Among the most popular tools to conduct optical sectioning is the spot-scanning laser confocal microscope where a single spot of focused light is rapidly transitioned along the lateral axes of the specimen to excite fluorescence from labeled components. Fluorescence emission gathered from the specimen is filtered through a confocal pinhole aperture to reject light that originates from regions removed from the focal plane. The emission light that passes through the pinhole is detected by a photomultiplier to form the image in a serial manner. Although the spot-scanning approach is much slower than parallel scanning techniques (such as a spinning disk), it offers great flexibility in terms of image size and acquisition strategies. In addition, laser scanning confocal microscopy is capable of producing the highest out-of-focus discrimination of all routine optical sectioning techniques. This interactive tutorial explores optical sectioning with confocal microscopy and compares these sections to the results obtained with widefield fluorescence.
The tutorial initializes with the fluorescence image of a pollen grain appearing in the Widefield window and a corresponding optical section at the respective focal plane shown in the Confocal window. In order to operate the tutorial, use the Axial Focal Plane slider to transition along the z axis and observe changes to the confocal and widefield images. The optical section position is indicated in a box located beneath the slider. The scanning speed can be altered with the Scan Line Speed slider and the gain of each individual channel is adjustable with the PMT Channel Gain sliders, one each for the red, blue, and green channels. A new specimen can be loaded using the Choose a Specimen pull down menu.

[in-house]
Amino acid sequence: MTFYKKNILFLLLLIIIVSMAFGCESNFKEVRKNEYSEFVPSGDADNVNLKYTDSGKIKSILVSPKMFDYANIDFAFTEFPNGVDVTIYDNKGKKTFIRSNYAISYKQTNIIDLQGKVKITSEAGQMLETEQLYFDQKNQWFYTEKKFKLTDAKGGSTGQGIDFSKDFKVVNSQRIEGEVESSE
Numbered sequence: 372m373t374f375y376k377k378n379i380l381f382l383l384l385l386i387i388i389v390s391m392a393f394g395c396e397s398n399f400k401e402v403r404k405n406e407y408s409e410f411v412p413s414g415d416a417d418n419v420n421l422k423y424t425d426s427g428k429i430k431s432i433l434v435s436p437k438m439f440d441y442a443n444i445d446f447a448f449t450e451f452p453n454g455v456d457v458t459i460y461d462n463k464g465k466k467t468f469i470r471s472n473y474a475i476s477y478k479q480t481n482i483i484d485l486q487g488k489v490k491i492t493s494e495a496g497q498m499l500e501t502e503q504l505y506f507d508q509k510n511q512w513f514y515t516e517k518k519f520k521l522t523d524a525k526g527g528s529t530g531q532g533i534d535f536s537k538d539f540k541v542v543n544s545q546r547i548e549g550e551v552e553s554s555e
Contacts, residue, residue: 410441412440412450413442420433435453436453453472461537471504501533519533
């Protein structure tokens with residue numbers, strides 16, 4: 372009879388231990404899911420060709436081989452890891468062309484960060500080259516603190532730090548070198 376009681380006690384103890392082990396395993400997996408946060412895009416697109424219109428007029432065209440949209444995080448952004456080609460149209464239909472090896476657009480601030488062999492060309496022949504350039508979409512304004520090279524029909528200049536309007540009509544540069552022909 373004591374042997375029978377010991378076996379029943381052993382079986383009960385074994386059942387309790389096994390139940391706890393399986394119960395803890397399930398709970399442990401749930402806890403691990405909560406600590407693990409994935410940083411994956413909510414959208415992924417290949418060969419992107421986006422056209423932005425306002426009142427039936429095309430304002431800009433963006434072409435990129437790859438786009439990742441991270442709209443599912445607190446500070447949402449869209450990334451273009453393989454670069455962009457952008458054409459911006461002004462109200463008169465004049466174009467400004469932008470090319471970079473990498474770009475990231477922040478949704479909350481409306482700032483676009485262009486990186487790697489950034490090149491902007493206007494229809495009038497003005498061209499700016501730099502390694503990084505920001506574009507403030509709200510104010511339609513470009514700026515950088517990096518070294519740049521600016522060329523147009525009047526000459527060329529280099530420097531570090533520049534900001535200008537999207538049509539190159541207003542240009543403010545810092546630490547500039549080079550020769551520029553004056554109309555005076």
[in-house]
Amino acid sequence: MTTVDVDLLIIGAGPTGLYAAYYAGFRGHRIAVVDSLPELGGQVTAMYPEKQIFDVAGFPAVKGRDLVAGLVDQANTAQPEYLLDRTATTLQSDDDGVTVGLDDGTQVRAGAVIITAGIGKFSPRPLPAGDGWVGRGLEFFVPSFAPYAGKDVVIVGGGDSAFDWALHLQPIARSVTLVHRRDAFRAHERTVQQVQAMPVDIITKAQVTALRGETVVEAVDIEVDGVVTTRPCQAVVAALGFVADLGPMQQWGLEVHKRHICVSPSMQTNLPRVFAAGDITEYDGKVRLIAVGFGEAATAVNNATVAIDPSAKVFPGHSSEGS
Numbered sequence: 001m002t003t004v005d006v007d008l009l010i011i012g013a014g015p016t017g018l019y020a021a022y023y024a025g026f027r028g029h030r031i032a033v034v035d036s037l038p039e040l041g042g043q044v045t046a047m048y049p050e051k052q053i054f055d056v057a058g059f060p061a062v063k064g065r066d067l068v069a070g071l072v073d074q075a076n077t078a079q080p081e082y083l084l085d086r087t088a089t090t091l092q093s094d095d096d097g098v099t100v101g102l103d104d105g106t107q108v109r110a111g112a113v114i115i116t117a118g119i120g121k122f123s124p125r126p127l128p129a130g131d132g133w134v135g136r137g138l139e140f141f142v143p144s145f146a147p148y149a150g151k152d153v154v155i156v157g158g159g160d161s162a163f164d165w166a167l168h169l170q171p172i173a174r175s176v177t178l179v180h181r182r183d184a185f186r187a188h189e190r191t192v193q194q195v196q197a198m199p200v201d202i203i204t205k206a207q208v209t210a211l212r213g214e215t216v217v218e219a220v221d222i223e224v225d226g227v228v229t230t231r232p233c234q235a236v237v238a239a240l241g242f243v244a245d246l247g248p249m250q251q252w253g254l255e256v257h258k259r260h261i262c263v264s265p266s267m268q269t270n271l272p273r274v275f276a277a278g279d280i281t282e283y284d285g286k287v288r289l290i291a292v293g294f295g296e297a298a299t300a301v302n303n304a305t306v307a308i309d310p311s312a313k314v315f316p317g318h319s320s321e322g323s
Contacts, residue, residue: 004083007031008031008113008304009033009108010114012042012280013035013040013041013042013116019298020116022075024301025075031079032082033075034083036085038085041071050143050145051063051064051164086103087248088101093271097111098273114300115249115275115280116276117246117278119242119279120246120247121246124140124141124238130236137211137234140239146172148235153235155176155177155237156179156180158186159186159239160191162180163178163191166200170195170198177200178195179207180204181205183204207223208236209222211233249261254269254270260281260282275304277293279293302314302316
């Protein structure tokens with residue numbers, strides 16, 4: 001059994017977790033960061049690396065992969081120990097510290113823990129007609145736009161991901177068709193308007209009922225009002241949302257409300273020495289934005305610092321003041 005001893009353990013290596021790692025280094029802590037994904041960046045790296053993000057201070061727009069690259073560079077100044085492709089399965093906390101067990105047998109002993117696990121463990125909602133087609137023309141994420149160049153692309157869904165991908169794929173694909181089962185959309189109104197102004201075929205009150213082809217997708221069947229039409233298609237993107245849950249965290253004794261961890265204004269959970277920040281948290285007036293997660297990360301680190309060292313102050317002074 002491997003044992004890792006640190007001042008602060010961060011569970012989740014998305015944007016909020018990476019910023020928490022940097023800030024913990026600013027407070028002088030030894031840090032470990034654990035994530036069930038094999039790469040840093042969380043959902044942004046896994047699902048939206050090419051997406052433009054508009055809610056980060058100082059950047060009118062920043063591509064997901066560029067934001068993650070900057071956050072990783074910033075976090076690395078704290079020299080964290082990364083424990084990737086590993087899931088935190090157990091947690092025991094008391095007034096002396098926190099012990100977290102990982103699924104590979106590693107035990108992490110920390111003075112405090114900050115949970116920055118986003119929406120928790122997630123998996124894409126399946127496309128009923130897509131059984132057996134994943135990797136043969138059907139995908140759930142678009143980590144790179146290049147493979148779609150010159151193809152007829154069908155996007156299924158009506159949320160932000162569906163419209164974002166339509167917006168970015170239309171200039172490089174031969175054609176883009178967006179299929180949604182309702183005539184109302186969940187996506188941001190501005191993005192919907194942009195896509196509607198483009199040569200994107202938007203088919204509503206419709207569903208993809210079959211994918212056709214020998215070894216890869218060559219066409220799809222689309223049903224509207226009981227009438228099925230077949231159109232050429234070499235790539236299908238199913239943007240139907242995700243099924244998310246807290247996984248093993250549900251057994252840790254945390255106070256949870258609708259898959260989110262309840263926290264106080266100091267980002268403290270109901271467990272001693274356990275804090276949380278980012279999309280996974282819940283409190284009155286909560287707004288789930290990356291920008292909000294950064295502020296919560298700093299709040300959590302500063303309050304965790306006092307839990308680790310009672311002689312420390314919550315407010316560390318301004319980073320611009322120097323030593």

In laser scanning confocal microscopy (LSCM), it is possible to exclusively image a thin optical slice out of a thick specimen (ranging in physical section thickness up to 100 micrometers), a technique known as optical sectioning. Under suitable conditions, the thickness (z-dimension) of such a optical slice can be less than 500 nanometers. The fundamental advantage of the confocal versus a traditional widefield microscope arises due to the restricted manner in which light reaches the photomultiplier through a pinhole. In widefield fluorescence, the image of a thick biological specimen will only be in focus if its axial dimension is less than the wave-optical depth of focus specified by the objective parameters. In cases where this condition is satisfied, the in-focus image information from the specimen plane of interest is mixed with out-of-focus image information arising from regions outside the focal plane. This reduces image contrast and increases the share of stray light detected. If multiple fluorophores are being observed, there will also be a color mix of the image information obtained from all of the channels involved.
Alex B. Coker and Michael W. Davidson - National High Magnetic Field Laboratory, 1800 East Paul Dirac Dr., The Florida State University, Tallahassee, Florida, 32310.